I power ol the spoils; and be tbookht that co
hesive power wa-> laHt diminishing among the
Democrats. He was proud to be called a
-I'nioii-Siirieker ; ' Washington and Jef
ferson gave shriek, for freedom thai wire ef
fectual, aad he was glad to be in the same cat
lie spoke of Hip length of iiiiip the Demo
crats had been m power, and that now the)
were unable to sesruia themselves they called
on tbe Opposition to come and help them llftit
under the banner of Stephen A Douglas and
squatter sovereignty. In speak ingot the Demo-
arrangement of tbe Basis ol Cong res-ton
al representation In Virginia, theepiaVßieruigh.
!y complimented the Hon A R 8~. ler, te
•-"ingle Opposition representatiye ot this State
in Congress. He thought the latereetaof tho
State would be better ?crved it five or >v
more were sent. He then went on to declare
strong Union sentiments, nnd said ia conclu
sion Hiat if Douglas., Hiinier or Wise wore •
be elected by a purely sectional rote, Und thO
Governor of Massachusetts were lo attempt le
seize the aavy-yard at Charles tow a ci nt
armory at Springfield, he would be deserving
a traitor's doom, and be (the speaker,) would
aid in executing il upon him. j'Prolonged Bay
plaasal
Mr. Pendleton moved that tbe geatlemen
who wen- present as represeatuuvos ot ihe
Conservative Union party ia other State*, i*
invited to seats.
The motion was curried by ace tarnation, ami
Mr. Win. A. Lake of Mississippi,aad Hasan.
Biningerand Dodge of New York, were con
ducted lo the platform, amidst loud applause,
Mr. Thomas, from the Committee on Organi
zation, offered a resolution for the adoption ot
the Rules of the House of Be legato* for the
government >>f this Convention, aud that the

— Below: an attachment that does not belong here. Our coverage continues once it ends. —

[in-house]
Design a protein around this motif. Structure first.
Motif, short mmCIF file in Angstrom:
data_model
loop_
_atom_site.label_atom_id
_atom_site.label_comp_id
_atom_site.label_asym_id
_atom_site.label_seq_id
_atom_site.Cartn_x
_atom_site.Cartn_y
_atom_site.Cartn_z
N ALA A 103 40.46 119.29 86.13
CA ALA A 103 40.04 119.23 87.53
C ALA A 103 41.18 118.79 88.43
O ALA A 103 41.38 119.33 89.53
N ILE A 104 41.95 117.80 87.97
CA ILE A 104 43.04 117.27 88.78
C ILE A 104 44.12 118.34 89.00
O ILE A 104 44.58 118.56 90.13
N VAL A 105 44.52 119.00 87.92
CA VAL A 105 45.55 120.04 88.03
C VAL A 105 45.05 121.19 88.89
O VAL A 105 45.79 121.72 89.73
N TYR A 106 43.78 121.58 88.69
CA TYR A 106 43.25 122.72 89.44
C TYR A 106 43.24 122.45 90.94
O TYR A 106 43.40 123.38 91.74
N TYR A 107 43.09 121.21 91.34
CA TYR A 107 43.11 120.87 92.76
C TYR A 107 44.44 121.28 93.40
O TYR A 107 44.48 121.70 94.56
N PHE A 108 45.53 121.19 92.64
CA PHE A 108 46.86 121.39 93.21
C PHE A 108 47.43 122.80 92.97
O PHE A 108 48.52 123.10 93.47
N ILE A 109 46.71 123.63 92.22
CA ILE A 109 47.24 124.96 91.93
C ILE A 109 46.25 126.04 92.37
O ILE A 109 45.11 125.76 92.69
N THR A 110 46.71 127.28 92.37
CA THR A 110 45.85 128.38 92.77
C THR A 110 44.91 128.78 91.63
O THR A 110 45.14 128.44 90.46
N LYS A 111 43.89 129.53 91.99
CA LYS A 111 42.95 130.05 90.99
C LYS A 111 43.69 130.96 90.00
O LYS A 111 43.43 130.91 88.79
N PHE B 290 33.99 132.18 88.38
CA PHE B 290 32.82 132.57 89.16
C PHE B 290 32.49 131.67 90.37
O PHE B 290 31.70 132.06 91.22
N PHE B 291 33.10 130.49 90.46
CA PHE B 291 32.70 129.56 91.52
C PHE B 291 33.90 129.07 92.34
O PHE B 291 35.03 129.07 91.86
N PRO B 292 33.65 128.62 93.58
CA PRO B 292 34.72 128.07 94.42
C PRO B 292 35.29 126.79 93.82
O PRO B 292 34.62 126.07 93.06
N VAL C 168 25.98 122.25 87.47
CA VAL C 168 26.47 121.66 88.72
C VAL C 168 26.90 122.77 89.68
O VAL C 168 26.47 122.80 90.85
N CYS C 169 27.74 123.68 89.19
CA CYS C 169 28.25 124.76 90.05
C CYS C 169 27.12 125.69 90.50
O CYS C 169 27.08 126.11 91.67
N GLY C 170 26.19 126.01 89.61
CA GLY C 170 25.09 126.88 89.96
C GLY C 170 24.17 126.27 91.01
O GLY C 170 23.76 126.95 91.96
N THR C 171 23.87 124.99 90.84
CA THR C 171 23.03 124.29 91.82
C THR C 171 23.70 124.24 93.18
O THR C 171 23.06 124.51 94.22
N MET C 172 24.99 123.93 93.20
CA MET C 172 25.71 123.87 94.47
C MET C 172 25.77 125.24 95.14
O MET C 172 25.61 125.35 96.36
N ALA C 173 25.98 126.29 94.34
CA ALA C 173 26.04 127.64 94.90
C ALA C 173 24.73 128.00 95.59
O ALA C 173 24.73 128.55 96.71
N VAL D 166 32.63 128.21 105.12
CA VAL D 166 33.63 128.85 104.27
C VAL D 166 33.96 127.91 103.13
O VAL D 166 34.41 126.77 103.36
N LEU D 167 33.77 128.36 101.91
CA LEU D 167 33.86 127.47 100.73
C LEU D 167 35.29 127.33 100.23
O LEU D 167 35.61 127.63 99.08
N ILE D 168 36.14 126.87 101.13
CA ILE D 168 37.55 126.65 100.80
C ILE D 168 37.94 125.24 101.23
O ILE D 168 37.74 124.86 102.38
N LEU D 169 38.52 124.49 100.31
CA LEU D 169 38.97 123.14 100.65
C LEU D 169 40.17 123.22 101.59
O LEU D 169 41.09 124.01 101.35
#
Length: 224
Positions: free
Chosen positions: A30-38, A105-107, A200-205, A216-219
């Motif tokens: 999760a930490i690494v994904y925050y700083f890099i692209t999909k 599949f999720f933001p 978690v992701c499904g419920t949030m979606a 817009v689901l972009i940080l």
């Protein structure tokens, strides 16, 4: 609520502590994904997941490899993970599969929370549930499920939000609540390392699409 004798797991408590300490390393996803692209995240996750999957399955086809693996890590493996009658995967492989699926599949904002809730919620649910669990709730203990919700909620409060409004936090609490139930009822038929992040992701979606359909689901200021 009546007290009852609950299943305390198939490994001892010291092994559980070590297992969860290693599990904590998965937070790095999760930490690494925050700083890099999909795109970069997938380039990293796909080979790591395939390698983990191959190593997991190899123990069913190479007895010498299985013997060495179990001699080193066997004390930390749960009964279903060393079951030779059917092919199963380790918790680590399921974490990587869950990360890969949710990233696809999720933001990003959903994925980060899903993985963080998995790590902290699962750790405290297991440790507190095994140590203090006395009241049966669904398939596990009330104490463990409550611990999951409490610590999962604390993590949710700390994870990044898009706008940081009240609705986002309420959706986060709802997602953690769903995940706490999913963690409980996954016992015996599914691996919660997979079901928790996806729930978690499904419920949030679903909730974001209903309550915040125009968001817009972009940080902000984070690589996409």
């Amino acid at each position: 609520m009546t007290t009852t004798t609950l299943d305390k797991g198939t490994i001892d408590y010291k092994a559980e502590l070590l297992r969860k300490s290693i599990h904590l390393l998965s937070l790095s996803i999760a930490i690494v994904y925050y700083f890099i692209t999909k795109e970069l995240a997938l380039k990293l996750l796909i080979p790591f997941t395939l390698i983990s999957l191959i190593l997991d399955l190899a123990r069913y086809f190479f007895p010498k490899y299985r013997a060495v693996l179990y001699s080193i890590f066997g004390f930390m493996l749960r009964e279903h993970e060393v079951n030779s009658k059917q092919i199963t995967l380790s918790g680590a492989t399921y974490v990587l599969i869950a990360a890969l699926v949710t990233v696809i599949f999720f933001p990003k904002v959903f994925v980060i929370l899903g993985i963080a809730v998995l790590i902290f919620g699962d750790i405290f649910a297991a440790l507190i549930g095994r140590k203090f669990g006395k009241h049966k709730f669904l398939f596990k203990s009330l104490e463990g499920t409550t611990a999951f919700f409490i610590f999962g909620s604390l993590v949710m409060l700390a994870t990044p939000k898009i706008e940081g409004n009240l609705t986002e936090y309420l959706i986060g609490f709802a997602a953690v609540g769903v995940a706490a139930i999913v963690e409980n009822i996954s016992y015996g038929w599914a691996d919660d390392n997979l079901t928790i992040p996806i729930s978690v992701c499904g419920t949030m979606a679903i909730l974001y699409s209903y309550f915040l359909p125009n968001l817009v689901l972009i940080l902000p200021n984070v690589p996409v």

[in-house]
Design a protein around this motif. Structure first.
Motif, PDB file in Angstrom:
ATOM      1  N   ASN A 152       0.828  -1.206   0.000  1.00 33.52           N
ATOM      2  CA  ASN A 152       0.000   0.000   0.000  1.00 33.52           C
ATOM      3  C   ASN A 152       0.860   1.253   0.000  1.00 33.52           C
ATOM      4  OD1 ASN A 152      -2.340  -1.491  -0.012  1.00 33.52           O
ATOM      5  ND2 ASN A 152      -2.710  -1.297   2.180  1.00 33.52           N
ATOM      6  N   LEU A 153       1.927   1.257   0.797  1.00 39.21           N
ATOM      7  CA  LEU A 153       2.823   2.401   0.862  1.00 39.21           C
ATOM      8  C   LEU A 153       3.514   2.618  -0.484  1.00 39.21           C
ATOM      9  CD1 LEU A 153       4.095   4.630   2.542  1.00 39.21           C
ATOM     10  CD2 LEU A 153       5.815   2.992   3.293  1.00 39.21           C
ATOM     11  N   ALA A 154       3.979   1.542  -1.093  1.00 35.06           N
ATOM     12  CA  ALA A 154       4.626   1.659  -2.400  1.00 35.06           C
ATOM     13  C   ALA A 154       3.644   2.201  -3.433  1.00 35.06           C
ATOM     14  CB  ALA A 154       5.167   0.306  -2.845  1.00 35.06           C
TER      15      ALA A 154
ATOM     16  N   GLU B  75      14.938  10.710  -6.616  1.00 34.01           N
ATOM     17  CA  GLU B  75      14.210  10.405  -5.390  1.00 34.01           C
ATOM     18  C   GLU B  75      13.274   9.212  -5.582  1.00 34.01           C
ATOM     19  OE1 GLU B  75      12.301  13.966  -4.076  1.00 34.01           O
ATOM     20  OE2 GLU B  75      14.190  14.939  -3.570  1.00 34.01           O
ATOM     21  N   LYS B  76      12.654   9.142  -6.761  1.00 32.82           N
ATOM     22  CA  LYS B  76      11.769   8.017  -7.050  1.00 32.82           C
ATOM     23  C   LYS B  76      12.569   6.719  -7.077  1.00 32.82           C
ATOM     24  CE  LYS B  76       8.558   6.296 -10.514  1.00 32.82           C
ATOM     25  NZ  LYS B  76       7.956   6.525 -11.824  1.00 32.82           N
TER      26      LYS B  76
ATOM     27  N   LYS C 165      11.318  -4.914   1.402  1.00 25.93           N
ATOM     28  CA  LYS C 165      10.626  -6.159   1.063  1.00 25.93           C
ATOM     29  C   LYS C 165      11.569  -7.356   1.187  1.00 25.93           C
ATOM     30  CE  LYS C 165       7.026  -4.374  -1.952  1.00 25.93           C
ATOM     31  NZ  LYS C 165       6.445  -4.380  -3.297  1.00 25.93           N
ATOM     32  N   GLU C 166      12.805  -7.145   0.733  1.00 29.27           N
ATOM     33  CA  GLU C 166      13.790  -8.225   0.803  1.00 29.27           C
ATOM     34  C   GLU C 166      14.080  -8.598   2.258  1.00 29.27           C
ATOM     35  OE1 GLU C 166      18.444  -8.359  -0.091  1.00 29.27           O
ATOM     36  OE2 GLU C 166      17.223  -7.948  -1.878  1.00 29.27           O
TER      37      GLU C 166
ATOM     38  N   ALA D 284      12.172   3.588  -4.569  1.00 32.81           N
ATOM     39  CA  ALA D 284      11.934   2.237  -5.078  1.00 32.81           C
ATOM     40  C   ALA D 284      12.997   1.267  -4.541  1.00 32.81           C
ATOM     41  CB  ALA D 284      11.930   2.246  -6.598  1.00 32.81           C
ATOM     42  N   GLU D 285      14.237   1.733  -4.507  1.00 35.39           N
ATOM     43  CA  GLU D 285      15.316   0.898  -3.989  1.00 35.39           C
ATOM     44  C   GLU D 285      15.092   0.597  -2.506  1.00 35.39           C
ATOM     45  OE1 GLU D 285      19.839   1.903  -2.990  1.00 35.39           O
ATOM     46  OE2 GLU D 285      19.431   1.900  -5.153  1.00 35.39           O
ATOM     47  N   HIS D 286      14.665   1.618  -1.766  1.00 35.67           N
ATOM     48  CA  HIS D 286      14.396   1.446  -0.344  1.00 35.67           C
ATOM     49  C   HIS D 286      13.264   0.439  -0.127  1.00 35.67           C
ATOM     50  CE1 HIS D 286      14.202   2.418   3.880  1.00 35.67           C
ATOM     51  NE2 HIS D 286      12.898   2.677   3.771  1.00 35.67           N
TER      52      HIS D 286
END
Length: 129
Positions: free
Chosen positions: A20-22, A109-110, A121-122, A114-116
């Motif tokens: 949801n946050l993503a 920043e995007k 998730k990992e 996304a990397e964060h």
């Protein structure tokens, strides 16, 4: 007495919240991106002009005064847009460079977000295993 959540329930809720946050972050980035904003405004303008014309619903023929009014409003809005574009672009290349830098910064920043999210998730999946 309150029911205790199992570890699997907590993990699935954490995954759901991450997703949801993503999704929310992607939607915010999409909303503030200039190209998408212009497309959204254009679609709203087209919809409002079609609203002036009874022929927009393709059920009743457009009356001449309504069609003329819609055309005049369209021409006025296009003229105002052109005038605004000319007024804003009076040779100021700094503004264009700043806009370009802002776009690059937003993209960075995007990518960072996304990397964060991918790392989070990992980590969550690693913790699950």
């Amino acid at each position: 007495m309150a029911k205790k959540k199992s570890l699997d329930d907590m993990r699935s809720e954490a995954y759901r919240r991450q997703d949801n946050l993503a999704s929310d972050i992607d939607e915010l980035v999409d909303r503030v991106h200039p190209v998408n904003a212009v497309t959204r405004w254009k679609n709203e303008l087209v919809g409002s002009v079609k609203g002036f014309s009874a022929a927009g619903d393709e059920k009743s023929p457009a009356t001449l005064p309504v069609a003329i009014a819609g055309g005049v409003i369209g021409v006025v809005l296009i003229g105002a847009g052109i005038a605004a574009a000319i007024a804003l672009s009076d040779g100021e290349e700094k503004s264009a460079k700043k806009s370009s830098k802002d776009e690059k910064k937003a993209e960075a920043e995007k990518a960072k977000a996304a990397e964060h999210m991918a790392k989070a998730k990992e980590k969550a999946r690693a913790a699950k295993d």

President require members to sit down and
keep the aisles cb-aT.
The resolution was carried, and "hose who
could find seais took them, but the crowd eras
-o great lhat keeping tiie aisles clear was im
possible.
Mr.Root. E Scott suggested that measures
betaken to ascertain who were really mem
bers, and tha! the Secretary call a list of coun
ties for that purpose.
Mr. Gilmer, oi Albemarle, said about ,;:•('
ha.l already registered their names, and many I
more would arrive by the trams to-day. lt|
would be impossible to accomplish it in the I
manner proposed.
Mr. Scot, did not press the motion.
Mr. McKeuzie, of Alexandria, suggested a
recess till five o'clock, P. M., and delegates
could, in the meantime, hand in their names |
to the Secretary.
Mr. Johnson, of Bedford, moved that acorn- j
mittee of one from each Electoral District be I
appointed to prepare business.
Mr. Marntaduxe Johnson, of Richmond, sug
gested that the delegates irom each Electoral
Di-irict confer during the recess for the pur
pose of earning to the Convention an Elector
fur each District.
l>.-!'oie the question was put on any propo
sition. Mr. J. 11. Bingham, of Petersburg, of